# Tapped Transformer With a Capacitor

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1. Jun 29, 2015

### Ahmed Bushra

The question is the following:

a) Determine all load voltages and currents
b) Determine the resistance reflected into the primary.

Answer a) R(l): 35V, 2.91A, X(cl): 15V, 1.5 A

The answer to part (b) is apparently 34.5 Ohms.

How did they arrive at these answers?

I am not sure whether both loads should be treated as parallel or in series. Since the polarity in the bottom half should be opposite, and hence the currents should be in the same direction (?).

How should the impedance/resistance in the secondary circuit be calculated?

I had ignored the impedance of the capacitor and arrived at a reflected resistance of 35.26 Ohms.

R(primary)=(1/n2) R(secondary)

Last edited by a moderator: Jun 29, 2015
2. Jun 30, 2015

### Staff: Mentor

You should be able to treat this as though the transformer has two independent secondary windings. This means the secondaries' loads are "in parallel".

3. Jun 30, 2015

### Ahmed Bushra

I see,

Well, in that case why would the voltage across one brach be different than the voltage across the other? (35 V and 10 V respectively)

Also, the resistance is:
12*10/10+12= 5.45 Ohms,

Primary Resistance = (1/n)2 ( Secondary Resistance)
n being the turns ration: 700/1200

Primary Resistance = 2.938 X 5.45 = 16.02

Why does the answer say 34.5 Ohms? Have I gone wrong somewhere?

4. Jun 30, 2015

### Staff: Mentor

What do you mean by "branch"?

What is the "10" in your resistance calculation? You need some brackets ( ) in your expression, too.

How many turns are you going to assign to each of the independent windings?

5. Jun 30, 2015

### rude man

You might want to approach this problem from a basic-physics viewpoint: all you need is Faraday's and Ampere's laws.
1. what is the flux (easy)?
2. so what are the output voltages? (easy too)
3. and the currents thru C and R? (easy too, bit of algebra required)
4. finally, and more challenging: what is the primary current? this will include a phase other than 0.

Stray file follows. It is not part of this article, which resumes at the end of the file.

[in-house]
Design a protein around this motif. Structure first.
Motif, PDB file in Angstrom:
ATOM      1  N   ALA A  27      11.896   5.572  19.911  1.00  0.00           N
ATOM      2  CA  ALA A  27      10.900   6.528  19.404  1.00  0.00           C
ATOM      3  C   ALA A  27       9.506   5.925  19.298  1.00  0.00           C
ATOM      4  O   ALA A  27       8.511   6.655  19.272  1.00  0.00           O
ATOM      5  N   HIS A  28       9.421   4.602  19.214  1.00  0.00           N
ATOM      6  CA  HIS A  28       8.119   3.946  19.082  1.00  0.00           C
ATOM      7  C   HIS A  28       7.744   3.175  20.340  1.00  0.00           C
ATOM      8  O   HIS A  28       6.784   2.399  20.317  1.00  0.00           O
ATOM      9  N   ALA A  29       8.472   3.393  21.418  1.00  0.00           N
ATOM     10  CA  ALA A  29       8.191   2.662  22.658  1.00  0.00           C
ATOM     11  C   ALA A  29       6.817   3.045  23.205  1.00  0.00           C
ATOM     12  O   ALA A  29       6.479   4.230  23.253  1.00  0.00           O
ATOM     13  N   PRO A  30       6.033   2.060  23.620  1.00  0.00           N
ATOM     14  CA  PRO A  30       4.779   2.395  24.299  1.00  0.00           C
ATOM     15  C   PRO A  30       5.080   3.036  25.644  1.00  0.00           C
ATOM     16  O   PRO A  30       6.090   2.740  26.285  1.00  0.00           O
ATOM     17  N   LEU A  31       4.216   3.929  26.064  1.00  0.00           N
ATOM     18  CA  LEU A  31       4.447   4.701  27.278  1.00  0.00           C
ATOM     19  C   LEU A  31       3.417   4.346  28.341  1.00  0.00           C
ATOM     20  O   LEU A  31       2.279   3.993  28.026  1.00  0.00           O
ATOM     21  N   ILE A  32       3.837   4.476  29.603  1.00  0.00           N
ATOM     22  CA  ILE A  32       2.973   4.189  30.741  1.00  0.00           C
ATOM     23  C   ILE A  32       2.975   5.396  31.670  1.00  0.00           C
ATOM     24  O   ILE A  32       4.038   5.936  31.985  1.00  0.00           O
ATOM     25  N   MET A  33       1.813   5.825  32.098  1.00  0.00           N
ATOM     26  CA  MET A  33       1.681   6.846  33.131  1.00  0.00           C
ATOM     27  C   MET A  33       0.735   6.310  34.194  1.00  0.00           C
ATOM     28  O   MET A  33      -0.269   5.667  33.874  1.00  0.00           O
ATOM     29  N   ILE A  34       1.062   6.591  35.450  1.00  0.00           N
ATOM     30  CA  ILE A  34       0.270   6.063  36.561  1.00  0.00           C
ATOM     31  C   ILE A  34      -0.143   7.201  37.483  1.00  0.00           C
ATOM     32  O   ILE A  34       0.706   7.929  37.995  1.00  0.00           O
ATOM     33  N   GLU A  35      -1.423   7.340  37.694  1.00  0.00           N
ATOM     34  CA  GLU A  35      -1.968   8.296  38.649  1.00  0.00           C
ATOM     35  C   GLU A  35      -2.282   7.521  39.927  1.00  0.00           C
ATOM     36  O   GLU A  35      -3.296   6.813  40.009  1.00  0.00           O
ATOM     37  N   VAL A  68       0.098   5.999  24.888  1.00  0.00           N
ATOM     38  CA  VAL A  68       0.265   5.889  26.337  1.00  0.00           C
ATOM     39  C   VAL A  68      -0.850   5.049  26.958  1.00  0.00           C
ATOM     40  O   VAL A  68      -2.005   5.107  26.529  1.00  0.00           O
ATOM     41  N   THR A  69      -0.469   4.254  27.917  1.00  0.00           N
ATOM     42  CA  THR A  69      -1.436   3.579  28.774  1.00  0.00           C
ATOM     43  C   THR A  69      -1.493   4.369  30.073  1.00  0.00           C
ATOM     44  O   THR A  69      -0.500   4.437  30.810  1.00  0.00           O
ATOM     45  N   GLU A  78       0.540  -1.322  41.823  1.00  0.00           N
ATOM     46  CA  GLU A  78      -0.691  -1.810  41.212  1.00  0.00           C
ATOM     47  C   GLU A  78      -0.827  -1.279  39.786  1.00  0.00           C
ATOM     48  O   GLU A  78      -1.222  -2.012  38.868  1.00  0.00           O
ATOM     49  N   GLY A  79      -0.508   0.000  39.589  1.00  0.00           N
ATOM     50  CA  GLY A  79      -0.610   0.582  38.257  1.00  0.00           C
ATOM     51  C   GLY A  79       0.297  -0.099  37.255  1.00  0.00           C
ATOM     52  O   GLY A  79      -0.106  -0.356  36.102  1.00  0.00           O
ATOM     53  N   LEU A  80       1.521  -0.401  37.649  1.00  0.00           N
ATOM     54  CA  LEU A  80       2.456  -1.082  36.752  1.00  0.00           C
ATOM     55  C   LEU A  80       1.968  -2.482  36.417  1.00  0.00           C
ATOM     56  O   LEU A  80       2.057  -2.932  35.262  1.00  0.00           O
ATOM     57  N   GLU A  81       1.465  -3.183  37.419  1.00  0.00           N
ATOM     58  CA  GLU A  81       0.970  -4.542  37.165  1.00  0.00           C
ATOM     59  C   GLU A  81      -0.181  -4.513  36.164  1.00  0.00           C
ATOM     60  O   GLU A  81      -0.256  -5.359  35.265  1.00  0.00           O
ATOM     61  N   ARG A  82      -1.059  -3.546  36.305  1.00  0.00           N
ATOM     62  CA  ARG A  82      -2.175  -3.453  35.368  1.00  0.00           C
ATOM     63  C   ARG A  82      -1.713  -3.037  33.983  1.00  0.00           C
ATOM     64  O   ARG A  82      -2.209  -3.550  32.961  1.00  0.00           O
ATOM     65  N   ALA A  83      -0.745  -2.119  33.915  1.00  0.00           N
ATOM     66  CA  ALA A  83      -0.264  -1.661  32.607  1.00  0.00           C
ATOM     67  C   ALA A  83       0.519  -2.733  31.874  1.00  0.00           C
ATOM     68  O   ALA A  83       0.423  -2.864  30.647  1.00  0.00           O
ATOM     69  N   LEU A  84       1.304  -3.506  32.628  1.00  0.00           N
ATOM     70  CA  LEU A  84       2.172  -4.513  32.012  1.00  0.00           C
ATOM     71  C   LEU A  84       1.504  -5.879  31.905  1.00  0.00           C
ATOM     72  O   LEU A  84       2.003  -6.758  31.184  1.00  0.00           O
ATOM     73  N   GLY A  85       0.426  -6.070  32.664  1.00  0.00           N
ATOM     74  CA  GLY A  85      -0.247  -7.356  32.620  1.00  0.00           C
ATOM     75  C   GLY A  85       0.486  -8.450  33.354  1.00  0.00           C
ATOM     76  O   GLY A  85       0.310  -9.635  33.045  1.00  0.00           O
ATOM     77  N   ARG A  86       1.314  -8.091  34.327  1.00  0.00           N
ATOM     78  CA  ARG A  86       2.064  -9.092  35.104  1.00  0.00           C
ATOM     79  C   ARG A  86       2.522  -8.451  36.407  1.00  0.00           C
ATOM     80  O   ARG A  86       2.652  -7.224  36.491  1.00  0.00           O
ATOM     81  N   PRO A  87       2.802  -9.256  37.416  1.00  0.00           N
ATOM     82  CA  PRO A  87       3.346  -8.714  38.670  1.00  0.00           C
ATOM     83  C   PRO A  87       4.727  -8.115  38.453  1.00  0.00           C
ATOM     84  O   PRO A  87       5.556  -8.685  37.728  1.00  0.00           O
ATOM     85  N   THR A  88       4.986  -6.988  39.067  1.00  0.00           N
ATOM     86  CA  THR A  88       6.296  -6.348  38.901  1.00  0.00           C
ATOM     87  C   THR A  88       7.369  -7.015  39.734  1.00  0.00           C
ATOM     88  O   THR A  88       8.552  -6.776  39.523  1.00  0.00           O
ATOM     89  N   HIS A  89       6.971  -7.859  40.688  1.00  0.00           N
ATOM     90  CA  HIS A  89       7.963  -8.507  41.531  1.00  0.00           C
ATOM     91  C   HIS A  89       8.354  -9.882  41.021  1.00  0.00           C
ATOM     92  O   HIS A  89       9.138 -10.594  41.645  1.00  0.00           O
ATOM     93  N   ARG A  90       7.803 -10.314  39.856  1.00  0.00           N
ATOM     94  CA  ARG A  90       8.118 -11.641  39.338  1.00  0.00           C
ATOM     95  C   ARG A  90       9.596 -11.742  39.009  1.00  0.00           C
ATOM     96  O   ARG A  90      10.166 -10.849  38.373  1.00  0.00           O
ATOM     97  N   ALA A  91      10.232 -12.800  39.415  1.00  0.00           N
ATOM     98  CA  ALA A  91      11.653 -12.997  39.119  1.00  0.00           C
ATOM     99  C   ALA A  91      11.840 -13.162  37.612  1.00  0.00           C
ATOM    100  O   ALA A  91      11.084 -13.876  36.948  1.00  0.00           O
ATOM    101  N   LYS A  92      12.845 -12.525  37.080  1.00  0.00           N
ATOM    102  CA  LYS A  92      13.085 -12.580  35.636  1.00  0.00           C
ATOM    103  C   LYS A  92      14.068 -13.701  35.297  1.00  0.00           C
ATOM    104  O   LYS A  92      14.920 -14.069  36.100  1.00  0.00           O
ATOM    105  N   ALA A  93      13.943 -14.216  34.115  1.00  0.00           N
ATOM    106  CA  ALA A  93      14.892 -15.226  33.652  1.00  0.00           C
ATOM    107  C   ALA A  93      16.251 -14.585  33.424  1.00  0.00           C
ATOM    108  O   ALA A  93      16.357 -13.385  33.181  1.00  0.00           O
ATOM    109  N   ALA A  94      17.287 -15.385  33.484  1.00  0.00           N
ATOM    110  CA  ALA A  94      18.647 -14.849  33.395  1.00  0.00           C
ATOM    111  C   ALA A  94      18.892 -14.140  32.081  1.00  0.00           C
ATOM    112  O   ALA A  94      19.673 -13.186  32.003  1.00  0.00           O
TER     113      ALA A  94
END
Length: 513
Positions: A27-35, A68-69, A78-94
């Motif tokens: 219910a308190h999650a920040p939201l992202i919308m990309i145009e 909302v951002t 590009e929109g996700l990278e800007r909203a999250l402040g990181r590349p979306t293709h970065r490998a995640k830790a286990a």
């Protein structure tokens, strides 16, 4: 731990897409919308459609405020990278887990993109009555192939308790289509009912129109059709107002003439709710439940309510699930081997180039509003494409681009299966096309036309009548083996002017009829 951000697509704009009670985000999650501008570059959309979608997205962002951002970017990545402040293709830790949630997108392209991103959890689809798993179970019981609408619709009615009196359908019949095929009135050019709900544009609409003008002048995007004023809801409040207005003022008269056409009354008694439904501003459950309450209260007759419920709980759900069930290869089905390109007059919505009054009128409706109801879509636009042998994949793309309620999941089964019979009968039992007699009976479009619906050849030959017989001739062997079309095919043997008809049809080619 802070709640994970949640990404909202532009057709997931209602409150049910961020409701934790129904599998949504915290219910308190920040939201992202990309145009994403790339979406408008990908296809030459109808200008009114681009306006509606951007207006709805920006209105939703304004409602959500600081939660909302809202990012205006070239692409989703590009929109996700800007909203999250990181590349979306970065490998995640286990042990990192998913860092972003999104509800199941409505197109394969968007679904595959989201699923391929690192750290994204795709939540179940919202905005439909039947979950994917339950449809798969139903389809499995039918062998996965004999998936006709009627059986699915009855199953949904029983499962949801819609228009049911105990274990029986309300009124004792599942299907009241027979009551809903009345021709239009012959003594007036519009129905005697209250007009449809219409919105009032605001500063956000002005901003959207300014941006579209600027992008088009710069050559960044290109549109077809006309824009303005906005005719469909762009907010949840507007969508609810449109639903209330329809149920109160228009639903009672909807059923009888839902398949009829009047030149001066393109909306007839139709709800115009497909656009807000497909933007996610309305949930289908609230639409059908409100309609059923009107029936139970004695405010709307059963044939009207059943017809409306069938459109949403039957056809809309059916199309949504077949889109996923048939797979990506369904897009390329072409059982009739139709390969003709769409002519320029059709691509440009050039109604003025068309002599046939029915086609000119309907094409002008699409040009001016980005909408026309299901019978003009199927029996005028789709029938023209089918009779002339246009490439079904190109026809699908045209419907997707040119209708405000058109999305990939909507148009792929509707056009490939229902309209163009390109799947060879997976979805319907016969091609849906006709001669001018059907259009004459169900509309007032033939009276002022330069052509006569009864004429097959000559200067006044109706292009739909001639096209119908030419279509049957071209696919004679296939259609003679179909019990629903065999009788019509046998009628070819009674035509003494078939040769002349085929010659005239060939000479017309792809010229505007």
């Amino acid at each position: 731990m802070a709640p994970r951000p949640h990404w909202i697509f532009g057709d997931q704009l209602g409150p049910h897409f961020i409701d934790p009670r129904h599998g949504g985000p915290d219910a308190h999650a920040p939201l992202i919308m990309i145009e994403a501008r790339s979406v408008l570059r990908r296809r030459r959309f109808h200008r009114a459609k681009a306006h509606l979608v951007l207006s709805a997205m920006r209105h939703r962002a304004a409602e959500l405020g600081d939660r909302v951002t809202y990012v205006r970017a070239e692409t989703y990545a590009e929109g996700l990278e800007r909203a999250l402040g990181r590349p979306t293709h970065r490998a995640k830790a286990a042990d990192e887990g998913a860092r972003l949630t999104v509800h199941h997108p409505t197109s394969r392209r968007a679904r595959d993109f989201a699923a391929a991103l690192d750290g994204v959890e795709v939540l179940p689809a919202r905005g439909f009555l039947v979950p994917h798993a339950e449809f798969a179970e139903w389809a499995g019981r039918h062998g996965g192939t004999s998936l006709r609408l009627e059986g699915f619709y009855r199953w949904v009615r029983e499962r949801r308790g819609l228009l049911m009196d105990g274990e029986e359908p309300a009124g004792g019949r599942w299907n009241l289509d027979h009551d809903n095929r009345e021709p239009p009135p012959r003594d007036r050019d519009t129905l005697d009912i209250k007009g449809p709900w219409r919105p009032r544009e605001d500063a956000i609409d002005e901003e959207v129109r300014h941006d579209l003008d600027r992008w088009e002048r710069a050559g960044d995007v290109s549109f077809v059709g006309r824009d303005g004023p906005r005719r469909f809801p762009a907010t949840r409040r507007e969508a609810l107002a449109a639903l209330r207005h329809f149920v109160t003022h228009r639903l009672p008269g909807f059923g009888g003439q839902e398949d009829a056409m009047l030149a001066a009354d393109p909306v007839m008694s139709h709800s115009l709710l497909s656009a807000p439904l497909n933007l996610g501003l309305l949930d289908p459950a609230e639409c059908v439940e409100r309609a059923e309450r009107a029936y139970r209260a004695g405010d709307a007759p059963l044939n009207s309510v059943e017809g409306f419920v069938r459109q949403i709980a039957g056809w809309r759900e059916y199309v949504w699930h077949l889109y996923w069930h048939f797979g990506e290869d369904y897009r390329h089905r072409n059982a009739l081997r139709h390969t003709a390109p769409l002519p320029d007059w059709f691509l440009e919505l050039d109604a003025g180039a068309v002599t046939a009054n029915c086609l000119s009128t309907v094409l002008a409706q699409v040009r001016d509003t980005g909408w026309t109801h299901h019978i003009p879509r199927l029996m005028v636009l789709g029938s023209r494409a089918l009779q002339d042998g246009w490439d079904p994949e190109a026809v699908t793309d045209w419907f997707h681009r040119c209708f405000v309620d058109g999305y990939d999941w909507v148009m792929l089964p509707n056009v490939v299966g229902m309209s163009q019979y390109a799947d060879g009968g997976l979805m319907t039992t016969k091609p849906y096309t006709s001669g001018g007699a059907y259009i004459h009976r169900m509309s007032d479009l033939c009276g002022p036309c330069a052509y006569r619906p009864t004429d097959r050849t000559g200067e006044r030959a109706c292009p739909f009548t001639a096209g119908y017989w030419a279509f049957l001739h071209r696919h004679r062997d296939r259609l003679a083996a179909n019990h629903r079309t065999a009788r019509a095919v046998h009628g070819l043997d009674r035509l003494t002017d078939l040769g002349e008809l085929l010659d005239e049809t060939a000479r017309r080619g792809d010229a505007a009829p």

6. Jul 1, 2015

### Ahmed Bushra

By "branch" I mean each section of the parallel circuit. The first section being the one containing the resistor. The second section is containing the capacitor.

The "10" in the resistance calculation is the resistance of the capacitor. When I treat the secondary load as a resistor and a capactior in parallel: I have one resistor (12 Ohms) in parallel with a capacitor (10 Ohms), hence Resistance of the secondary load:

R= (R1*R2)/(R1+R2)
R=(10*12)/(10+12)= 5.45 Ohms

Why should I assign turns to the independent windings? I added them together, hence my ration of turns n=700/1200

Are you supposed to calculate each separately? If yes why? *confused*

7. Jul 1, 2015

### Ahmed Bushra

I can't workout the flux since they had not given any information with regards to area or magnetic field.

Last question is intriguing, what do you mean by "phase other than 0"?

8. Jul 1, 2015

### Staff: Mentor

If asked for the reflected resistance, you won't involve the capacitor---it contributes reactance but no resistance.

Model the transformer secondary as two independent windings, 700 turns powering the resistor, and 300 turns connected to the capacitor.

9. Jul 1, 2015

### The Electrician

Where did you get the answers? From the text?

You seem sure of the answers to part a), but for part b) you say "apparently". Are you uncertain of the answer for part b)?

10. Jul 2, 2015

### rude man

What's reflected into the primary is not a resistance but an impedance.

11. Jul 3, 2015

### rude man

You don't need area or B field. What does Faraday's law say?
I mean the primary current is not in phase with the primary voltage. The primary voltage phase is defined as zero.